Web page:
Durango Telegraph - The next targets
The next targets

The clean-air crosshairs are now moving away from Desert Rock and toward two of the region’s and the nation’s biggest polluters. The push is now on for retrofits and cuts in emissions at the Four Corners Power Plant and San Juan Generating Station.

Both of the plants, located just west of Farmington, are under pressure from the Environmental Protection Agency to consider “best available retrofit technology.” Though costly, the upgrades would greatly reduce emissions from the Four Corners Power Plant – the largest emitter of nitrogen oxide in the country – and the San Juan Generating Station – New Mexico’s second largest source of greenhouse gases.

The New Mexico Environment Department is on the verge of renewing the San Juan’s operating permit. However, numerous watchdog groups are objecting on the grounds that carbon dioxide emissions from the 1,600-megawatt plant are not being regulated. In addition, the plant’s CO2 emissions jumped from 11.8 million tons to more than 13.3 million tons between 2008-09, a time when the plant was supposed to be cutting back.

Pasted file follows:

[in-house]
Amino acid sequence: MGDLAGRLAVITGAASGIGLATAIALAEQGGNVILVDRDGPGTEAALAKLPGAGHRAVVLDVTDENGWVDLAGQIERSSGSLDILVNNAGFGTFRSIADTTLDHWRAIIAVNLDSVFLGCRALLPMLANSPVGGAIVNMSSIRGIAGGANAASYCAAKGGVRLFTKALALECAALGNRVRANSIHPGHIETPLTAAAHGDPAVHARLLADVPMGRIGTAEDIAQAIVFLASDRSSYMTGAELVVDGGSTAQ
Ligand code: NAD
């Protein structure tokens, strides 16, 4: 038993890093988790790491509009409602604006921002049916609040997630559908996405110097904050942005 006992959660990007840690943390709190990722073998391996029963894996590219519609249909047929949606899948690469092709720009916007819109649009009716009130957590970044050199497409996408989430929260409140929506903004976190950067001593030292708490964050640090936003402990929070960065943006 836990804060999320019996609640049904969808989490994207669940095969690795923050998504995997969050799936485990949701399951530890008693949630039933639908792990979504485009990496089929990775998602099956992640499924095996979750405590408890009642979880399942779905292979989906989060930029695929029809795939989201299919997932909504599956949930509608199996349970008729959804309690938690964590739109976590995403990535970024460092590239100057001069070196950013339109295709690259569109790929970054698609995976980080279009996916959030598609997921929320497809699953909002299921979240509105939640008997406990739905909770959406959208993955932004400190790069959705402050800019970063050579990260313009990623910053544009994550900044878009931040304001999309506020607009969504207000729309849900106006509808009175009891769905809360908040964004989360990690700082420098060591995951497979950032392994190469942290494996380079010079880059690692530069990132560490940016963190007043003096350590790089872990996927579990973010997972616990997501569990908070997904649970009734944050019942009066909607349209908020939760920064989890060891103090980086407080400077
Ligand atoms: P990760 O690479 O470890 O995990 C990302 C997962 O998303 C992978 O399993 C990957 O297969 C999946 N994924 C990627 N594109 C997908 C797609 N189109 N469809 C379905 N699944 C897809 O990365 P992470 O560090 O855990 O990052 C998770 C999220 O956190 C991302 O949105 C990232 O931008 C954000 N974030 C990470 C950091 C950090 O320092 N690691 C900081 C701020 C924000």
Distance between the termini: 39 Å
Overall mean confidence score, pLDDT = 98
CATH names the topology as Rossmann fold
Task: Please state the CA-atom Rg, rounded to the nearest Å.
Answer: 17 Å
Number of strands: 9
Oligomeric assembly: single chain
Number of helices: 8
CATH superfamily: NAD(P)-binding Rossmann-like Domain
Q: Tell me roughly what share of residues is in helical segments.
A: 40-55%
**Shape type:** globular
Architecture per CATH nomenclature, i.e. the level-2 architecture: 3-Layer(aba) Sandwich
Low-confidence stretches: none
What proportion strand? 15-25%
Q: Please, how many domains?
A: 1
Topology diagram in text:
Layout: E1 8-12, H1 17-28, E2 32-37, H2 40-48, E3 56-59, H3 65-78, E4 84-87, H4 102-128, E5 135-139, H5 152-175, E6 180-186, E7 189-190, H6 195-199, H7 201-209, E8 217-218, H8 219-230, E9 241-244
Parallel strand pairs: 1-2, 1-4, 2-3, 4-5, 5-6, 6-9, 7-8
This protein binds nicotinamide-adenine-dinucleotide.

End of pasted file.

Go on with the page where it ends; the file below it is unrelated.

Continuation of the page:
“We’re shifting gears now and looking at the existing plants in the region,” said Mike Eisenfeld, of San Juan Citizens Alliance. “This is one of the first opportunities we have to clean up these older coal-fired power plants that have escaped pollution controls all these years.”

– Will Sands

In this week's issue...

May 2, 2019
In the flow

Rafting season is already under way on the Animas River, which has been flowing at near record levels and almost double the average rate for this time of year.

April 25, 2019
Laying down the law

Over the past couple decades, Jeff Robbins’ work as an  oil and gas lawyer – with a specific focus on serving local communities – allowed him to build relationships and gain the experience needed to carry out one of Colorado’s most sweeping reforms to oil and gas regulations, Senate Bill 181. 

April 18, 2019
A new kind of cold war

It’s a good thing Heidi Steltzer can’t tolerate the heat or the open ocean. “I thought I wanted to be a marine biologist, and I got seasick,” said Steltzer, a professor in the Biology Department and Environmental Science program at Fort Lewis College.